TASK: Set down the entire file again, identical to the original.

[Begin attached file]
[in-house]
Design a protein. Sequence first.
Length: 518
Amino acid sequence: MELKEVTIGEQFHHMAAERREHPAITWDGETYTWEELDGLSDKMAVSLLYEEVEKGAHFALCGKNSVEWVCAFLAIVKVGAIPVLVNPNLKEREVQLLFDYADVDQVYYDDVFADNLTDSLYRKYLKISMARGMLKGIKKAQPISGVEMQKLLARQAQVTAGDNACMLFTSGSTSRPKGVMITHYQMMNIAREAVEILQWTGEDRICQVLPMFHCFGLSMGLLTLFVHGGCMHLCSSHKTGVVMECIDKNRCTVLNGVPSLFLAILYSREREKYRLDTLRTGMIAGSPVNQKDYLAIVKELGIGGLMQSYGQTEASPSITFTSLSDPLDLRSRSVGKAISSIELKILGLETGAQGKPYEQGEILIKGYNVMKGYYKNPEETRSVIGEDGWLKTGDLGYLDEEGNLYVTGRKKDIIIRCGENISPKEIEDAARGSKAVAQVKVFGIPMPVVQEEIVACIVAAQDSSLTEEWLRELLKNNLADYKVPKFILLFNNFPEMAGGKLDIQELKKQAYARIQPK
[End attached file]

[in-house]
Design a protein. Sequence first.
Length: 518
Amino acid sequence: MELKEVTIGEQFHHMAAERREHPAITWDGETYTWEELDGLSDKMAVSLLYEEVEKGAHFALCGKNSVEWVCAFLAIVKVGAIPVLVNPNLKEREVQLLFDYADVDQVYYDDVFADNLTDSLYRKYLKISMARGMLKGIKKAQPISGVEMQKLLARQAQVTAGDNACMLFTSGSTSRPKGVMITHYQMMNIAREAVEILQWTGEDRICQVLPMFHCFGLSMGLLTLFVHGGCMHLCSSHKTGVVMECIDKNRCTVLNGVPSLFLAILYSREREKYRLDTLRTGMIAGSPVNQKDYLAIVKELGIGGLMQSYGQTEASPSITFTSLSDPLDLRSRSVGKAISSIELKILGLETGAQGKPYEQGEILIKGYNVMKGYYKNPEETRSVIGEDGWLKTGDLGYLDEEGNLYVTGRKKDIIIRCGENISPKEIEDAARGSKAVAQVKVFGIPMPVVQEEIVACIVAAQDSSLTEEWLRELLKNNLADYKVPKFILLFNNFPEMAGGKLDIQELKKQAYARIQPK